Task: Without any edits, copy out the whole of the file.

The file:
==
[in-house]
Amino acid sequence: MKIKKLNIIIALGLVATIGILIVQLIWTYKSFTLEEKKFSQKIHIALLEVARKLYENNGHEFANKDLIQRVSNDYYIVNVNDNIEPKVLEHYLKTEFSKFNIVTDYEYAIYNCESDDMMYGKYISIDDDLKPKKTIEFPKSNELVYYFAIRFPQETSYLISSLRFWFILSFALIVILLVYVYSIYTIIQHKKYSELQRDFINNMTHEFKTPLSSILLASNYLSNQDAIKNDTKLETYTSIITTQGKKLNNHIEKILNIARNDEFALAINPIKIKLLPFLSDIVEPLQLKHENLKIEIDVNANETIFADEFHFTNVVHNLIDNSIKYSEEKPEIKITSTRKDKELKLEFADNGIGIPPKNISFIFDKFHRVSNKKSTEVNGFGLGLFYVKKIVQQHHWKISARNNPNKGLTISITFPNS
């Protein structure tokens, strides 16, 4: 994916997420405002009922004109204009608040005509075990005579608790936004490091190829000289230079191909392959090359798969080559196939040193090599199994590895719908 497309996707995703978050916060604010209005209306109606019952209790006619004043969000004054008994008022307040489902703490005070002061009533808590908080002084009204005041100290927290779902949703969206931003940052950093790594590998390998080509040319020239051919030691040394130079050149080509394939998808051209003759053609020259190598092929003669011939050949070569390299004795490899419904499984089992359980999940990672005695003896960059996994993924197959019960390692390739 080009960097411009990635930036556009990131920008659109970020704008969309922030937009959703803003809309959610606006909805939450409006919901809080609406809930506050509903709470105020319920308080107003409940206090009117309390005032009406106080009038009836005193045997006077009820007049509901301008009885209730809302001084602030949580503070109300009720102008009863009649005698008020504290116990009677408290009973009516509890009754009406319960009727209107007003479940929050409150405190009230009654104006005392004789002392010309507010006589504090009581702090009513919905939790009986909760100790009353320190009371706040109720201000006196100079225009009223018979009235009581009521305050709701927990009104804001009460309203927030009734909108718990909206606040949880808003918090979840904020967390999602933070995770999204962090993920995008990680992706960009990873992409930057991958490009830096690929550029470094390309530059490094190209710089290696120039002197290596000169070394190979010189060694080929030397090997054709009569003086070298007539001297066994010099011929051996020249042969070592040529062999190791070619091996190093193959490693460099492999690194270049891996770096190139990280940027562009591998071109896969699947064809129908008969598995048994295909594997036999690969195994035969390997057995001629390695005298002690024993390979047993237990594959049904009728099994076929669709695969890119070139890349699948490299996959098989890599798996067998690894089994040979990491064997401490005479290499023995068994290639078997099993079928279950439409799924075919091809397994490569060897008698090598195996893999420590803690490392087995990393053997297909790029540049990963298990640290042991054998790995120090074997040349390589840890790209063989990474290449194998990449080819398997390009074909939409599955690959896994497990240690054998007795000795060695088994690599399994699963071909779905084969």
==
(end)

[in-house]
Amino acid sequence: MKIKKLNIIIALGLVATIGILIVQLIWTYKSFTLEEKKFSQKIHIALLEVARKLYENNGHEFANKDLIQRVSNDYYIVNVNDNIEPKVLEHYLKTEFSKFNIVTDYEYAIYNCESDDMMYGKYISIDDDLKPKKTIEFPKSNELVYYFAIRFPQETSYLISSLRFWFILSFALIVILLVYVYSIYTIIQHKKYSELQRDFINNMTHEFKTPLSSILLASNYLSNQDAIKNDTKLETYTSIITTQGKKLNNHIEKILNIARNDEFALAINPIKIKLLPFLSDIVEPLQLKHENLKIEIDVNANETIFADEFHFTNVVHNLIDNSIKYSEEKPEIKITSTRKDKELKLEFADNGIGIPPKNISFIFDKFHRVSNKKSTEVNGFGLGLFYVKKIVQQHHWKISARNNPNKGLTISITFPNS
């Protein structure tokens, strides 16, 4: 994916997420405002009922004109204009608040005509075990005579608790936004490091190829000289230079191909392959090359798969080559196939040193090599199994590895719908 497309996707995703978050916060604010209005209306109606019952209790006619004043969000004054008994008022307040489902703490005070002061009533808590908080002084009204005041100290927290779902949703969206931003940052950093790594590998390998080509040319020239051919030691040394130079050149080509394939998808051209003759053609020259190598092929003669011939050949070569390299004795490899419904499984089992359980999940990672005695003896960059996994993924197959019960390692390739 080009960097411009990635930036556009990131920008659109970020704008969309922030937009959703803003809309959610606006909805939450409006919901809080609406809930506050509903709470105020319920308080107003409940206090009117309390005032009406106080009038009836005193045997006077009820007049509901301008009885209730809302001084602030949580503070109300009720102008009863009649005698008020504290116990009677408290009973009516509890009754009406319960009727209107007003479940929050409150405190009230009654104006005392004789002392010309507010006589504090009581702090009513919905939790009986909760100790009353320190009371706040109720201000006196100079225009009223018979009235009581009521305050709701927990009104804001009460309203927030009734909108718990909206606040949880808003918090979840904020967390999602933070995770999204962090993920995008990680992706960009990873992409930057991958490009830096690929550029470094390309530059490094190209710089290696120039002197290596000169070394190979010189060694080929030397090997054709009569003086070298007539001297066994010099011929051996020249042969070592040529062999190791070619091996190093193959490693460099492999690194270049891996770096190139990280940027562009591998071109896969699947064809129908008969598995048994295909594997036999690969195994035969390997057995001629390695005298002690024993390979047993237990594959049904009728099994076929669709695969890119070139890349699948490299996959098989890599798996067998690894089994040979990491064997401490005479290499023995068994290639078997099993079928279950439409799924075919091809397994490569060897008698090598195996893999420590803690490392087995990393053997297909790029540049990963298990640290042991054998790995120090074997040349390589840890790209063989990474290449194998990449080819398997390009074909939409599955690959896994497990240690054998007795000795060695088994690599399994699963071909779905084969």